The Pua Kumbu
To the Iban of Sarawak, the pua kumbu is not just a blanket. It is a sacred ceremonial and ritual textile. The word pua in Iban means 'blanket', kumbu means 'to wrap'. Together, the two words mean a 'grand blanket'. However, the pua kumbu is very seldom used as a sleeping blanket. It is reserved for the times when men and women seek an encounter with the spiritual.
Commentators often miss the point that the weaving of an Iban textile, especially the pua kumbu, represents a deeply spiritual and socio-religious undertaking. It is a sacred activity that is incumbent upon every Iban woman, so as to establish her womanhood and worth in a socitey where gender roles are specific, and where spirituality is intrinsically linked to every aspect of daily life. As a weaver, she takes her place in the spiritual regeneration of the traditional values and religious norms of her people.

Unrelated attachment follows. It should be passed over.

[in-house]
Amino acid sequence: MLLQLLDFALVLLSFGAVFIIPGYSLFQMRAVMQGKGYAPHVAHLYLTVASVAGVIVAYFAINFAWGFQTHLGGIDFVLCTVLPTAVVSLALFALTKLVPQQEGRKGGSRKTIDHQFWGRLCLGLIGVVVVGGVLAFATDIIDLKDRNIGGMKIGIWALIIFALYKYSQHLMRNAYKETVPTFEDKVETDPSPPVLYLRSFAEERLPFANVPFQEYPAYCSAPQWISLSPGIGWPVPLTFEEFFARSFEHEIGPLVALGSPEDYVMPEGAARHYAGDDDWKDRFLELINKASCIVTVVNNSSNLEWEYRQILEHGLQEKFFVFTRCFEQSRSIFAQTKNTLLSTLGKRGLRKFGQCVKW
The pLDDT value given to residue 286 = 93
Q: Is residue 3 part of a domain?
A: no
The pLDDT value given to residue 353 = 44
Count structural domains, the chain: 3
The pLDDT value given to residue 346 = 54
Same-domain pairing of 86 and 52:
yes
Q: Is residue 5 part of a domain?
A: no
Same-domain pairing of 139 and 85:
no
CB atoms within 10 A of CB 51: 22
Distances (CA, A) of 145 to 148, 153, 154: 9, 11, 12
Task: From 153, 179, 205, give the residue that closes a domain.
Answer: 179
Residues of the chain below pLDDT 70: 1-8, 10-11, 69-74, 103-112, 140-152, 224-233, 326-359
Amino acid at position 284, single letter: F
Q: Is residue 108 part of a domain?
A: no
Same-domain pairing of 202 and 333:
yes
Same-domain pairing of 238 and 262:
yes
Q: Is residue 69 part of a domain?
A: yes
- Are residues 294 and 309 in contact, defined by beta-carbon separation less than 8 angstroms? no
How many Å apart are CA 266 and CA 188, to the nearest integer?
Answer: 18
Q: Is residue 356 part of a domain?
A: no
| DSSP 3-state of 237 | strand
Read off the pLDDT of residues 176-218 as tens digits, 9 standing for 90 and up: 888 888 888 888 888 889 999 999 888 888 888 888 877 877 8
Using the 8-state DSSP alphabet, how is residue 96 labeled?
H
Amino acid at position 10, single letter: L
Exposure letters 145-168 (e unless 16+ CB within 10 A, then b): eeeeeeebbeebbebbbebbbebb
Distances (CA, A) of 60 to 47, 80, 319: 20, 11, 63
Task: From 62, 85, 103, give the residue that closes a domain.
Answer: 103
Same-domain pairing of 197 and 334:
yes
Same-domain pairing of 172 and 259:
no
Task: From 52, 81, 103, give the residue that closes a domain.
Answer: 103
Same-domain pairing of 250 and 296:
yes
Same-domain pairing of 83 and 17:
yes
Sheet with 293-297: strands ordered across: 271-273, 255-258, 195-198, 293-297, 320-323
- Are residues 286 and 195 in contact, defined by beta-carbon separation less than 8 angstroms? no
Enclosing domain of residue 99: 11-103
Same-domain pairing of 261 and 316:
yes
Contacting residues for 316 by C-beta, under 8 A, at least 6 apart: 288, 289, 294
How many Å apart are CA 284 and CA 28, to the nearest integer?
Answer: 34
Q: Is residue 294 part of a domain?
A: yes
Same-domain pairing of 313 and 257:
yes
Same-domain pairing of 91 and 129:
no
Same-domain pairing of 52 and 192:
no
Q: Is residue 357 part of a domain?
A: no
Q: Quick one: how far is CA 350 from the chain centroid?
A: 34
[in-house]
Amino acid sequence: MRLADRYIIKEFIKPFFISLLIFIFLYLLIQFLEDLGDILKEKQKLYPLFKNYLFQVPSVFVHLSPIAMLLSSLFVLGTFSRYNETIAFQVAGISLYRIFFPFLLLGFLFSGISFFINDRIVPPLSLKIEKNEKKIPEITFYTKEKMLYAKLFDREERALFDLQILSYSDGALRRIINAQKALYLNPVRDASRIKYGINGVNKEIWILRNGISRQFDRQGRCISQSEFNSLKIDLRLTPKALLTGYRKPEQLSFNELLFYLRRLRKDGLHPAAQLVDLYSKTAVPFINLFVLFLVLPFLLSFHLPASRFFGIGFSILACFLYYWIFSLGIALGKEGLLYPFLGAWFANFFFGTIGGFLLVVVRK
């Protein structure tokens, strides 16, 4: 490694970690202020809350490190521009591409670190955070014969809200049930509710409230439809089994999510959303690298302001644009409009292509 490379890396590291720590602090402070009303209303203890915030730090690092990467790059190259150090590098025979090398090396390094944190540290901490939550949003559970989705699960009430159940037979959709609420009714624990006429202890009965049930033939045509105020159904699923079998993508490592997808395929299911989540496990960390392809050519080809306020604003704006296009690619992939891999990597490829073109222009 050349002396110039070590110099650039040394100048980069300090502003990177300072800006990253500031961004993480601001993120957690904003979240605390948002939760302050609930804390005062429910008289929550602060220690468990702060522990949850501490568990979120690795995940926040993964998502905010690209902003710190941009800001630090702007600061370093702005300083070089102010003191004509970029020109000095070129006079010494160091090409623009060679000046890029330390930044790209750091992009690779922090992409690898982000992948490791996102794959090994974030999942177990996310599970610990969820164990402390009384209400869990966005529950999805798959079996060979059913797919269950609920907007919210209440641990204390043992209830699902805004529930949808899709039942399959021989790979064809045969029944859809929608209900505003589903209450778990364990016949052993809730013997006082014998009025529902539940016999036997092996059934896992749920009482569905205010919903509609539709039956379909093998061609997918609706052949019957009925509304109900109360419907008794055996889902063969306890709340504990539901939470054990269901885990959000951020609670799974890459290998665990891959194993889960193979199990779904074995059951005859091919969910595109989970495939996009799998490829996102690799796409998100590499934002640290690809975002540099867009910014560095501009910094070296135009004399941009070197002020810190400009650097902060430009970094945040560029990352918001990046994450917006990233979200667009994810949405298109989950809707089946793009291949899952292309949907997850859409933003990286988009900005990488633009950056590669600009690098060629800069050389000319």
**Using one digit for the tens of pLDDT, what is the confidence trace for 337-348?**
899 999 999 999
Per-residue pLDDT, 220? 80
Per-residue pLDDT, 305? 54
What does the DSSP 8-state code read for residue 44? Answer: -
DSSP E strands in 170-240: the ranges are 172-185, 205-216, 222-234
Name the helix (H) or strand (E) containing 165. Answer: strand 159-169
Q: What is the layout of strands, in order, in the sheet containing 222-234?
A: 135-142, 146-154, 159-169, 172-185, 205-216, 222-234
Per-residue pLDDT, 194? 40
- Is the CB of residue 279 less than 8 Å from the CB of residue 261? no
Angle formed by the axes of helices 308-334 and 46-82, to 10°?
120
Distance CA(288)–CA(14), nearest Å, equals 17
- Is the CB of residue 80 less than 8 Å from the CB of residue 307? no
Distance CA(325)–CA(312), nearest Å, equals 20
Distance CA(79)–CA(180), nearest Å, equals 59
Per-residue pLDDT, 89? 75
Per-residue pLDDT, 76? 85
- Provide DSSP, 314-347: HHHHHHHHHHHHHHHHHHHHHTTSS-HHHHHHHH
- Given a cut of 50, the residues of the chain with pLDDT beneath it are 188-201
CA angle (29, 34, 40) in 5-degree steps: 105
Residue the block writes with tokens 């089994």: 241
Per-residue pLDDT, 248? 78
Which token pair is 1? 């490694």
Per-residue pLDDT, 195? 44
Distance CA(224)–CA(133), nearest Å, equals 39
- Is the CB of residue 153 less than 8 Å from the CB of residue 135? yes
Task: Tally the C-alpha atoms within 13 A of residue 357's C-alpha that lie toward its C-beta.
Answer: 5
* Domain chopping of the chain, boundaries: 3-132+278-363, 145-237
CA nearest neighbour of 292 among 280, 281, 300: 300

Iban oral history, mythology and cosmology reverberate with the use of textiles as sacred cloths. Iban adat or law, preserved and embodied withim Iban oral literature, prescribes the use of textiles as sacred accoutrements at rituals and ceremonies. The earliest mention of the use of textiles as sacred objects appears in Iban creation myths, the first man and woman who were brought to life by the shouts of Raja Entala Keri Raja Petara, the Ancient God, were created under a pua kumbu . According to this account, the pua kumbu is believed to have already existed at the beginning of time, even before man was created, and its use as a sacred ritual object throughout Iban history preordained.